New Zealand’s Tie-In
The New Zealand connection began in 2015 after Robyn How and Sue Wylie went to a Valais show in the United Kingdom.
By their own admission, they became obsessed with the breed.
They met breeders and talked to an embryo transfer company that could do the semen collection and embryo work.
A syndicate of 10 New Zealand farmers, vets and geneticists formed a company, Remarkable Valais Ltd. in November 2016, to work on the importation of the embryos.
“We began the long and arduous task of convincing the New Zealand Ministry of Primary Industries to issue the import standard required for ovine semen and embryo from the U.K.,” says Barton, a shareholder in Remarkable Valais.
“In 2016 we met with breeders in the U.K. and attended Valais sheep shows throughout the country.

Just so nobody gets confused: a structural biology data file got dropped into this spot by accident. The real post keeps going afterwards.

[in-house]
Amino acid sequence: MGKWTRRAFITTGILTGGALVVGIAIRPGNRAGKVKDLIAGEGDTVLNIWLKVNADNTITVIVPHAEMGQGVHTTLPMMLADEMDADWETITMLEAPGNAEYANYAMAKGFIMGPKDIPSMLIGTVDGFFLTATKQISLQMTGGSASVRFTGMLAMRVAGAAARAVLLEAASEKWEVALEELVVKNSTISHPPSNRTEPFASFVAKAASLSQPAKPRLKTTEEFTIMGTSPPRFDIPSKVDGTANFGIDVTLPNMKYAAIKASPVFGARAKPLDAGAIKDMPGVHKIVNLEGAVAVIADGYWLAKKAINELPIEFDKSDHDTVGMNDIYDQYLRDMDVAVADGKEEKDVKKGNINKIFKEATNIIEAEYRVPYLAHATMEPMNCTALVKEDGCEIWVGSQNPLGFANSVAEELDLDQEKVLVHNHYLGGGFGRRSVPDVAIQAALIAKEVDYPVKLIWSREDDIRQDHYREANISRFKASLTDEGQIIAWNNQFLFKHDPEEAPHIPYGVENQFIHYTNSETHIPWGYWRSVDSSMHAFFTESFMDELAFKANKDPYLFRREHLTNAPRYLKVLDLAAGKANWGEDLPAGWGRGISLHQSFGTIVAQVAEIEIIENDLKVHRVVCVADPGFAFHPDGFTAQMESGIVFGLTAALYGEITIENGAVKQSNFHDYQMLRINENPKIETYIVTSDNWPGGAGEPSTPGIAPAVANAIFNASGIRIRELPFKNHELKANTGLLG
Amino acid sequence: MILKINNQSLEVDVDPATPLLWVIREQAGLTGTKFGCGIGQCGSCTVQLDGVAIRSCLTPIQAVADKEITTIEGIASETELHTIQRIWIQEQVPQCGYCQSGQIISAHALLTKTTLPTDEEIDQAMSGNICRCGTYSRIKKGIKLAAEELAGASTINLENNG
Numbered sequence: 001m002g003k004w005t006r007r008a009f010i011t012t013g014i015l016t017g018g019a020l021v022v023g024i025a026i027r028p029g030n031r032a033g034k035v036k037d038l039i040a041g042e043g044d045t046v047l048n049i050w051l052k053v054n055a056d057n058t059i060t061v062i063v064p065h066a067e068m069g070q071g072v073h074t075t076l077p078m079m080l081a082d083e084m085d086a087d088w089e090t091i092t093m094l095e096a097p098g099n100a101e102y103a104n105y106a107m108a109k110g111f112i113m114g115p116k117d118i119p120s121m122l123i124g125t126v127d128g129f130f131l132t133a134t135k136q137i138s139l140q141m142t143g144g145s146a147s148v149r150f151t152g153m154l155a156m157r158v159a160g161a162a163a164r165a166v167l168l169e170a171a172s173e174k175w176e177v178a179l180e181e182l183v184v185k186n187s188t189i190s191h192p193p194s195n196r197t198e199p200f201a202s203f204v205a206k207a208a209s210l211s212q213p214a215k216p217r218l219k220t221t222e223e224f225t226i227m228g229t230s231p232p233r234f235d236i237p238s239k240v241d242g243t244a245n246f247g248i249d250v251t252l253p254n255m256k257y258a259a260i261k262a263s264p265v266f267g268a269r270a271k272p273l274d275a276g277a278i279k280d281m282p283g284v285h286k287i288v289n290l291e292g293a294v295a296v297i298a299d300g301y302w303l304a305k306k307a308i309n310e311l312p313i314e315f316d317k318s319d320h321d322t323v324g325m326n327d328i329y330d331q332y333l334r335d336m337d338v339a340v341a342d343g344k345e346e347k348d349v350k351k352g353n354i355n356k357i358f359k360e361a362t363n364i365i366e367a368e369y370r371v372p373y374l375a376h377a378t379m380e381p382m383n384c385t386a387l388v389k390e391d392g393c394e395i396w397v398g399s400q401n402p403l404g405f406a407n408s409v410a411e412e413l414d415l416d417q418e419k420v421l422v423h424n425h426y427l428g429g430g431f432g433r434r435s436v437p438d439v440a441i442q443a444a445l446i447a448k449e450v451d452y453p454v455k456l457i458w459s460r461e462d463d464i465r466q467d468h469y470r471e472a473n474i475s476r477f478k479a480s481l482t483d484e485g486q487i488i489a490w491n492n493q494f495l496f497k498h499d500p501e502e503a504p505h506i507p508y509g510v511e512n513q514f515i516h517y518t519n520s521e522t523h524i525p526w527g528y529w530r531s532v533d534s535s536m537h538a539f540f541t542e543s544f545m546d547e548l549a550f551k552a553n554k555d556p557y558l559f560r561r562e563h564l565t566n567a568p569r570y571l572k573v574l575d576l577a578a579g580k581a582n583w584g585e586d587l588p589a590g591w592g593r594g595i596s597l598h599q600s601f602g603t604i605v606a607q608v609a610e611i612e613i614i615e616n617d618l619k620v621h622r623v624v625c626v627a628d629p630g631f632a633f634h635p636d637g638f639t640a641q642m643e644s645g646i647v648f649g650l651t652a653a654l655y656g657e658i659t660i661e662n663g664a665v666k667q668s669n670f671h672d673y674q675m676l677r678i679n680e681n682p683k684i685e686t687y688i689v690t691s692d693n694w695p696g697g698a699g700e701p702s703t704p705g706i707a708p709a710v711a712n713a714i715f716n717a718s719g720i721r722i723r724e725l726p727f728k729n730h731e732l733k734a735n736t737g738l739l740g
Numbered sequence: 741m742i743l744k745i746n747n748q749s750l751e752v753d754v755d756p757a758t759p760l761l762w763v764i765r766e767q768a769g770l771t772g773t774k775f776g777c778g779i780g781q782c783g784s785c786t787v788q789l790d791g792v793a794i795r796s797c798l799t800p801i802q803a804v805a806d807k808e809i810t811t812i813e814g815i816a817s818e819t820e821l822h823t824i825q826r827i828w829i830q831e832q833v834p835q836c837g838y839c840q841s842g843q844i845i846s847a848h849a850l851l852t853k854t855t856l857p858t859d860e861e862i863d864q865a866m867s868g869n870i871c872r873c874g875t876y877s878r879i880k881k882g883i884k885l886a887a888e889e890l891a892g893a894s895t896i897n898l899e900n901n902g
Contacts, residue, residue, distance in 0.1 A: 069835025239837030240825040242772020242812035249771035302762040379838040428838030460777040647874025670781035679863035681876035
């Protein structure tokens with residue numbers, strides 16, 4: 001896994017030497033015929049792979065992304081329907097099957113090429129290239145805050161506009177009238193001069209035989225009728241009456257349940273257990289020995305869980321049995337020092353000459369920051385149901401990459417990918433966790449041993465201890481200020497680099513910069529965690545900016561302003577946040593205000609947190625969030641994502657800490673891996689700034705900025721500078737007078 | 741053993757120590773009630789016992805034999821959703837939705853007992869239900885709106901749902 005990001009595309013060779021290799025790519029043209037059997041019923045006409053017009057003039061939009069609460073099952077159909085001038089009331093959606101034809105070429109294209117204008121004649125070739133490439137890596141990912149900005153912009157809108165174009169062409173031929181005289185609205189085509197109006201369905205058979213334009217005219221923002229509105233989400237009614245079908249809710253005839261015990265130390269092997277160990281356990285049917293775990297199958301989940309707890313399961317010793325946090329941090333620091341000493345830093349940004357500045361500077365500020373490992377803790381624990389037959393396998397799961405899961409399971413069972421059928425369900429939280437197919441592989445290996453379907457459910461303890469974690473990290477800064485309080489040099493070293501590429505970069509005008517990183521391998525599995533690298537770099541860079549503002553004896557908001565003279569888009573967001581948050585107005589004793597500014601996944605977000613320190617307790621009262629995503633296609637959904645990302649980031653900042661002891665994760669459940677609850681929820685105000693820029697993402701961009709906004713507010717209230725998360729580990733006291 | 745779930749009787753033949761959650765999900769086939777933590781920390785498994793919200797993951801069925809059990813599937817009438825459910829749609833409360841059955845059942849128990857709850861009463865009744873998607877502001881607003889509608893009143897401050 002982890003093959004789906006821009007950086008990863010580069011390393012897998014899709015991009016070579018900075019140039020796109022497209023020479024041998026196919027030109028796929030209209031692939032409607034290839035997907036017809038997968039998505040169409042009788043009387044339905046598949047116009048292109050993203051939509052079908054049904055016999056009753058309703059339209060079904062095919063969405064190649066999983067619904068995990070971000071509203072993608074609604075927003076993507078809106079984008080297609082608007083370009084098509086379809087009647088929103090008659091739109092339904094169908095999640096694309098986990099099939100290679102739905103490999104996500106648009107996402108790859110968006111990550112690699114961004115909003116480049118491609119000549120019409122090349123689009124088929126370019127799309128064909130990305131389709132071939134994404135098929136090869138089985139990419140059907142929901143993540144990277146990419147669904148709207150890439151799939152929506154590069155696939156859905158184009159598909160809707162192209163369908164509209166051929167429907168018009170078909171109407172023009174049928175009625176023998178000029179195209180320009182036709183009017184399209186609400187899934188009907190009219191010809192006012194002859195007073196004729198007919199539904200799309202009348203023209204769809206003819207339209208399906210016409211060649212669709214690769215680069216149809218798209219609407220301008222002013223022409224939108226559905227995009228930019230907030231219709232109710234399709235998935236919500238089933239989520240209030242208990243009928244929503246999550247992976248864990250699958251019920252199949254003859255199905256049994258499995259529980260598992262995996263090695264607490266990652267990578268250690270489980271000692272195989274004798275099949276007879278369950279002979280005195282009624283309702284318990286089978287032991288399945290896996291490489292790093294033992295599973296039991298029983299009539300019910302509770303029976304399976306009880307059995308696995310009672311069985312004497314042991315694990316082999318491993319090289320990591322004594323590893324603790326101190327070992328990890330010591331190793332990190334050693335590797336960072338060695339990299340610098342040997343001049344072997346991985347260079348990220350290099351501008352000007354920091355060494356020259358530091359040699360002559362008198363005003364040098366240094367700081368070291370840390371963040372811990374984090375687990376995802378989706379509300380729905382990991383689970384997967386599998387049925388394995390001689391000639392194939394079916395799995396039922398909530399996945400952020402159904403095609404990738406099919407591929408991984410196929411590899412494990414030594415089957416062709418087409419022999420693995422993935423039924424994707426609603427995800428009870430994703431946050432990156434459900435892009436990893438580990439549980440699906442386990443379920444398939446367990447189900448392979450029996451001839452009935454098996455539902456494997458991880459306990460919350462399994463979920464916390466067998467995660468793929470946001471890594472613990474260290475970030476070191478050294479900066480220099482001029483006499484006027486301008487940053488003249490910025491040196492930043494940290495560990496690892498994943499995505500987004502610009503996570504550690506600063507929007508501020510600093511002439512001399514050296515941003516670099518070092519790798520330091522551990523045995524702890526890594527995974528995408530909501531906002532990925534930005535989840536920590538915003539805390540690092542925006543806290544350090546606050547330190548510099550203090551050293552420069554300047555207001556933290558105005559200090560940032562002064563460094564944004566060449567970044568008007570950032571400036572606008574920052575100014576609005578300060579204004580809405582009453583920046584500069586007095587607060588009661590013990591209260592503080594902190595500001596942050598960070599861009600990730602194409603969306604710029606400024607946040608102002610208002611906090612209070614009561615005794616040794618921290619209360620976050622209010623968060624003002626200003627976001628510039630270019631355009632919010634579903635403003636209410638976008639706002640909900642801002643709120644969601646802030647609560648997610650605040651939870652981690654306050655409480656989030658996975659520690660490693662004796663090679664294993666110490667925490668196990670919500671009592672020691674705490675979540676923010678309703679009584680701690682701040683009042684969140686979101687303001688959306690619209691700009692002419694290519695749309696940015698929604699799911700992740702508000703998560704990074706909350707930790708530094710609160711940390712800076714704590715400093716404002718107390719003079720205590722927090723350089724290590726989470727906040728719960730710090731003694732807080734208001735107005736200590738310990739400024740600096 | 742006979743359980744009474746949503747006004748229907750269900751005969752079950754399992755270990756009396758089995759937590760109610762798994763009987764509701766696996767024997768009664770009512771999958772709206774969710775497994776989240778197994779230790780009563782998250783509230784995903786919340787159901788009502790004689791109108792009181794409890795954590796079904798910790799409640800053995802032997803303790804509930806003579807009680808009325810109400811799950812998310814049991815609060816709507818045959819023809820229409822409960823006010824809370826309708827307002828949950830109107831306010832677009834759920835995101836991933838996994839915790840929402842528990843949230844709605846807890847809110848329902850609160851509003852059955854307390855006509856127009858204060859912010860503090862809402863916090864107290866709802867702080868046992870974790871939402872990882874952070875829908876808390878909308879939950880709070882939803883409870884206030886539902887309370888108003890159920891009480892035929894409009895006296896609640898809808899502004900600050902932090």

“After deciding on the genetics we wanted, we imported embryos and semen into New Zealand.”
The syndicate worked with Steve Jones and Richard Pilkington from Denbighshire to bring in embryos and semen and paid £5,390 (US$7,532) for an outstanding young ram that had previously been selected for semen collection for New Zealand.
“We also imported about 200 straws of Valais semen which we will use to impregnate the ewe lambs when they reach reproductive age,” Barton says.
In late August last year, the first Valais lambs were on the ground in New Zealand.
“Our lambs were born in one of the wettest winters we have had in our area, but with our amazing midwives on hand at every birth, our lambs thrived,” breeder Robyn How says.
“Two of the ewe lambs needed a little bit of extra care—we weren’t taking any chances with these lambs—and we ended up hand rearing them.
“They are the most amazing breed, quiet, gentle and very loving. The cuddliest and most affectionate sheep you will ever meet.”